Answers

2016-01-30T11:57:33+05:30
Asoka’s religion presents two prominent aspects, namely, his personal faith in Buddhism, and his desire to propagate a universal Dharma or Law. His personal religion was Buddhism which he embraced after the Kalinga War. In his Rock Edict at Maski, he described himself as a Buddha-Sakya. His Bhabru Rock Edict shows his faith in the Buddhist Trinity, namely, Buddha, Dharma, and Sangha. In his role as a monarch-missionary he did everything possible to advance the cause of Buddhism. According to tradition, it was Sannyasi Upagupta who converted Asoka, and worked as his spiritual guide, and accompanied the Emperor on pilgrimage to Buddhist holy places. Asoka, however, did not desire to impose his personal religion on his subject population in India. Instead, he propagated a universal religion, acceptable to the people of all creeds and faiths. In his Edicts he inscribed the substance of this universal religion for the knowledge of the masses. This religion or Dharma was not Buddhism. It had no dogma or rigid doctrines. It was like a code of morals, containing the essence of all religions. It was, in fact, like a lesson in ethics, virtues and morality. The purpose of this religion was the elevation of mankind to a higher level of existence.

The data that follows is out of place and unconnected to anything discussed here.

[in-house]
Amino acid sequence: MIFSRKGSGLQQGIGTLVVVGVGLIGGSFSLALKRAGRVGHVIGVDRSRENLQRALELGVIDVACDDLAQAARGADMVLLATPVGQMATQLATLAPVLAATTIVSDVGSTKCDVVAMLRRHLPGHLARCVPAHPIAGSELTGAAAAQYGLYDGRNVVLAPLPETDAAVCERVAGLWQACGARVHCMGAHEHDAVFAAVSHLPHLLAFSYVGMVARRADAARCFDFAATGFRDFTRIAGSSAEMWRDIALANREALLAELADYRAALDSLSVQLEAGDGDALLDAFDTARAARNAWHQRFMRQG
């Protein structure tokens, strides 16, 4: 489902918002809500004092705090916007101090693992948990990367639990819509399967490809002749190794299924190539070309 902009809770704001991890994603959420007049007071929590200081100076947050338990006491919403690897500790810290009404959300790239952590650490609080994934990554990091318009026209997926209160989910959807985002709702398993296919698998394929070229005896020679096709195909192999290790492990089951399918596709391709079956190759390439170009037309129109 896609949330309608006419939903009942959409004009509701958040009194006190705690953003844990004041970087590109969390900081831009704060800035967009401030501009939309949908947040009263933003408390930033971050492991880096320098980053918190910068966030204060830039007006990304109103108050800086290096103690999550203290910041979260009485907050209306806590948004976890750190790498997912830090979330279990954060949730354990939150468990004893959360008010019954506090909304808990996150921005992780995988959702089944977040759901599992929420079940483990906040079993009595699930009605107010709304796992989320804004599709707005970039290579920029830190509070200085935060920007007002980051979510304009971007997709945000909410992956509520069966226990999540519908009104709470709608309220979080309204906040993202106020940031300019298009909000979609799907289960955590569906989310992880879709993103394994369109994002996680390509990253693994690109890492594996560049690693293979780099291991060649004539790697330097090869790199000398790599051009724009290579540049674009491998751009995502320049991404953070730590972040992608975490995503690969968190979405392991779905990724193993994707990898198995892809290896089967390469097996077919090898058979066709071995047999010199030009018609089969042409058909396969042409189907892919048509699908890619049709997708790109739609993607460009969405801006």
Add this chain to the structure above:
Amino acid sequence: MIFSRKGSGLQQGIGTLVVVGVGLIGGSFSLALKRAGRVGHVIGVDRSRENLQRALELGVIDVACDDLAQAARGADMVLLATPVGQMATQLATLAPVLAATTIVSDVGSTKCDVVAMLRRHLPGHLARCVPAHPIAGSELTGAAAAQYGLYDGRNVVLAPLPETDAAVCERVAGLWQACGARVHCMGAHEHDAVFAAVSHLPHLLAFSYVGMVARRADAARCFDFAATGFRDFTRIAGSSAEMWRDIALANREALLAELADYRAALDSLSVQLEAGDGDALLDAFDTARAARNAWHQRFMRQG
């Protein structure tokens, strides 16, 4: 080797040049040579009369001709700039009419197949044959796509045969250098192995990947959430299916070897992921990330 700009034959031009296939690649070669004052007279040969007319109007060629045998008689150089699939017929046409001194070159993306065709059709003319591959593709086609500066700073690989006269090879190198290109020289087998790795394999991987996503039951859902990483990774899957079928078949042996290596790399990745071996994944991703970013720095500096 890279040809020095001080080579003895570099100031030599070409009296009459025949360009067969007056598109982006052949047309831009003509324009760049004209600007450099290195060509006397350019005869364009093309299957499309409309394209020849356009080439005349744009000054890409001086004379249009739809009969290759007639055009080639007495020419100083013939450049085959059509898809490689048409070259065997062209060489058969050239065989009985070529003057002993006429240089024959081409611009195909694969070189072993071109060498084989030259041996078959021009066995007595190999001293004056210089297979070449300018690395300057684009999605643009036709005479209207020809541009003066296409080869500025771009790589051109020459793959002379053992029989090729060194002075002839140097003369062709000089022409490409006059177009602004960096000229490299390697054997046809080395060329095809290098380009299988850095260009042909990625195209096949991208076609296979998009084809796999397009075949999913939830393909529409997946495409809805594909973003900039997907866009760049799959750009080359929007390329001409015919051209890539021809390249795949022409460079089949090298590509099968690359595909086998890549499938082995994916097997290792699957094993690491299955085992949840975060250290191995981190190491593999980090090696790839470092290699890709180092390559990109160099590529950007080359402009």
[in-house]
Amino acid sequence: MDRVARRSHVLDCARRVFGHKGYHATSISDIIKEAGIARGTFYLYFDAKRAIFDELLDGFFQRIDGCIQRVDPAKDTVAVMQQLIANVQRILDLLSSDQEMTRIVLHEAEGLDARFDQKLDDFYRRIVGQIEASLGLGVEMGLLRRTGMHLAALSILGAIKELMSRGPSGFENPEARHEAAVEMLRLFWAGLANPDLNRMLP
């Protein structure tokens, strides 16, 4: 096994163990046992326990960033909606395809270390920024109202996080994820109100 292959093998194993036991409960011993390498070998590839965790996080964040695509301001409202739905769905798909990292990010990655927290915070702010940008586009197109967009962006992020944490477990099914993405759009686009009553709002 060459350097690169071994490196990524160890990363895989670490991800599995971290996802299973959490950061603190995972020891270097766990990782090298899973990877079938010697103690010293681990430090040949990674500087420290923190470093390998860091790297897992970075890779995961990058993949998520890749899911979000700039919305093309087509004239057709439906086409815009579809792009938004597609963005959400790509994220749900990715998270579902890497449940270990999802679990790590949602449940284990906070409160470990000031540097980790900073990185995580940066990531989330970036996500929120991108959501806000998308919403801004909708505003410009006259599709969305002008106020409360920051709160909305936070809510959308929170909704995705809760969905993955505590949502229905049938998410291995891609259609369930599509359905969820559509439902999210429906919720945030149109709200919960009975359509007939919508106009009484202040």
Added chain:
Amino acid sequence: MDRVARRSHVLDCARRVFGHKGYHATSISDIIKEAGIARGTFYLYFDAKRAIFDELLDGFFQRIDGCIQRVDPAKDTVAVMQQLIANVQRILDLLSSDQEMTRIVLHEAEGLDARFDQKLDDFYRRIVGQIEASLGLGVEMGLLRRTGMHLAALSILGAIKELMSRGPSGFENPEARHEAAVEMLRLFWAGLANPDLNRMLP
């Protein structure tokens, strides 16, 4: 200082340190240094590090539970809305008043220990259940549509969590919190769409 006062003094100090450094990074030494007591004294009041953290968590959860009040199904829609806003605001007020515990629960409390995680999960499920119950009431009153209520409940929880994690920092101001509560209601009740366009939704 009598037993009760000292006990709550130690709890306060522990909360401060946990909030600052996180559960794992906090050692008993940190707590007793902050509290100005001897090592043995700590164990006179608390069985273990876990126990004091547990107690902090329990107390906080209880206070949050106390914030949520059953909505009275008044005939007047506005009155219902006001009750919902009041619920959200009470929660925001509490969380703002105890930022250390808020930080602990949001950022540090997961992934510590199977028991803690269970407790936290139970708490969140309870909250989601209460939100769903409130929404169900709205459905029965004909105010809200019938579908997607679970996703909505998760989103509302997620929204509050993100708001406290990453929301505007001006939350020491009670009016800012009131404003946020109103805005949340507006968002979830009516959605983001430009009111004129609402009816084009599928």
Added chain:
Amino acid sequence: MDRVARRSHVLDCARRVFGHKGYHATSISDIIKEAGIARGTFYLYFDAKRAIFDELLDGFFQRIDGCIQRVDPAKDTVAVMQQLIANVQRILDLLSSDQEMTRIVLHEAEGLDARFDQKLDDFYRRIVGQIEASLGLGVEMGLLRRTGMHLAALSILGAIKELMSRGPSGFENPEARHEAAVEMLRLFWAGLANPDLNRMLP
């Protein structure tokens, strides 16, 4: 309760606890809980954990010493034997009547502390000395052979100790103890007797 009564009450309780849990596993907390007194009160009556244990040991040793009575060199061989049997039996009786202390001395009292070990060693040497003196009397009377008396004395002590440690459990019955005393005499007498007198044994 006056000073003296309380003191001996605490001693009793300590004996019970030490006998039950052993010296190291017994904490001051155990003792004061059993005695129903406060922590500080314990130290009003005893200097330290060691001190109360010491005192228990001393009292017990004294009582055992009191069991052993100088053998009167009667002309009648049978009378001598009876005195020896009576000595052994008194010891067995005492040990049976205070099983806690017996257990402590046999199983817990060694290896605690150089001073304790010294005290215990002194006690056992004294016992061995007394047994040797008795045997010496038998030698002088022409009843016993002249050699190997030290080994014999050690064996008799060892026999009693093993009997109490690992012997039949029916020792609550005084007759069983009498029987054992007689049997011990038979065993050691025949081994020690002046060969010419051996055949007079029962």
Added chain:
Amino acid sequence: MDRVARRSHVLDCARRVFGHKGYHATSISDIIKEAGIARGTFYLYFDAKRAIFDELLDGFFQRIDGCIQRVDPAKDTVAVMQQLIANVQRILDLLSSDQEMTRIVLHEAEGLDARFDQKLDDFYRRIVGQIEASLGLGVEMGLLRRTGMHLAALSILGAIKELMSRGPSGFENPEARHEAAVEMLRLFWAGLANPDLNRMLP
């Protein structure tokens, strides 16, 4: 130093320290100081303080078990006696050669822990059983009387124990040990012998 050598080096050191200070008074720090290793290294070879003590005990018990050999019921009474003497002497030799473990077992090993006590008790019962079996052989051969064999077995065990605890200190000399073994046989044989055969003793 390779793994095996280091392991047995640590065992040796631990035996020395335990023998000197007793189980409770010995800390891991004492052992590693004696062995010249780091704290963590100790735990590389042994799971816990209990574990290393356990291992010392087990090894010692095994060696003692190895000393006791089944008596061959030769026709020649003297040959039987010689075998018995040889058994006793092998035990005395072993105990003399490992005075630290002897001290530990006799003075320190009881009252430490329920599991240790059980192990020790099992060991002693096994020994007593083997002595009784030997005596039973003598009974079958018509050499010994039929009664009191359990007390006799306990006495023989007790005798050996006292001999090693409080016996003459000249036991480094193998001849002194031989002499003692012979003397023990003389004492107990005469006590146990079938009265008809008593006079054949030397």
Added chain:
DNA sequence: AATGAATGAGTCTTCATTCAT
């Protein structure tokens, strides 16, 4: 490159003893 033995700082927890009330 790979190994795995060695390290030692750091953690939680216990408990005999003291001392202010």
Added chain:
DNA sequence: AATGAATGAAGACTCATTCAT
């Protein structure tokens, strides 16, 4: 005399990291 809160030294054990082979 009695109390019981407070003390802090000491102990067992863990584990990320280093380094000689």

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2016-01-31T18:42:46+05:30
Asoka did not desire to impose his personal religion on his subject population in India. Instead, he propagated a universal religion, acceptable to the people of all creeds and faiths. In his Edicts he inscribed the substance of this universal religion for the knowledge of the masses. This religion or Dharma was not Buddhism. It had no dogma or rigid doctrines. It was like a code of morals, containing the essence of all religions. It was, in fact, like a lesson in ethics, virtues and morality. The purpose of this religion was the elevation of mankind to a higher level of existence.It is seen, therefore, that his inscriptions do not contain the Buddhist doctrines of Arya Satya. Noble Eightfold Path or Nirvana, It contained instead the laws of eternal and universal goodness. He preached: “Obedience must be rendered to mother and father, likewise to elders; kindness must be shown towards animals, truth must be spoken, these some moral virtues must be practised. In the same way the pupil must show reverence to the master, and one must behave in a suitable manner towards relatives”. Asoka says in his Pillar Edicts:”Happiness in this world and in the other world is difficult to secure without great love of morality, careful examination, great obedience, and great fear of sin”.
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